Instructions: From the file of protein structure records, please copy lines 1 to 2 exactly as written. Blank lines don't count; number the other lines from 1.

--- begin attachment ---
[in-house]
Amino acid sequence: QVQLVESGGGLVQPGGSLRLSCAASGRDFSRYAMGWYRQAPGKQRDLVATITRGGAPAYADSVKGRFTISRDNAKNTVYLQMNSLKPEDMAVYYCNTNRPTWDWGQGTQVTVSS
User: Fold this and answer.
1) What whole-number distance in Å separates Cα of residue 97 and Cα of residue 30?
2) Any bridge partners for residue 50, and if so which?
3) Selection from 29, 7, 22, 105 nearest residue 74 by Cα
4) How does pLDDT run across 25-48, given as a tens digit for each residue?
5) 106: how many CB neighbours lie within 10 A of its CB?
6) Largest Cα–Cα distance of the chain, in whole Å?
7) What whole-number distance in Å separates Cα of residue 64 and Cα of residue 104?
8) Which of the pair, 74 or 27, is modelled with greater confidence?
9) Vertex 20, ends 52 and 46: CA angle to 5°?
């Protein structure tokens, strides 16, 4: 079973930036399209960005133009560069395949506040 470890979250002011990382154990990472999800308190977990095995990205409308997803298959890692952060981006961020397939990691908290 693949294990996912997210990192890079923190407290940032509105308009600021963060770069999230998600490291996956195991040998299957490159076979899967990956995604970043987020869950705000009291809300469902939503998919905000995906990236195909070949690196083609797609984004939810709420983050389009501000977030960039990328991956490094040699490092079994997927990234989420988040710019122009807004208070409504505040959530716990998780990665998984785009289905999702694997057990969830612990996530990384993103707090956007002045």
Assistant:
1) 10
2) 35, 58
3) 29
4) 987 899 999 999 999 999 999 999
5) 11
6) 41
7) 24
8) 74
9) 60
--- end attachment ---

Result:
[in-house]
Amino acid sequence: QVQLVESGGGLVQPGGSLRLSCAASGRDFSRYAMGWYRQAPGKQRDLVATITRGGAPAYADSVKGRFTISRDNAKNTVYLQMNSLKPEDMAVYYCNTNRPTWDWGQGTQVTVSS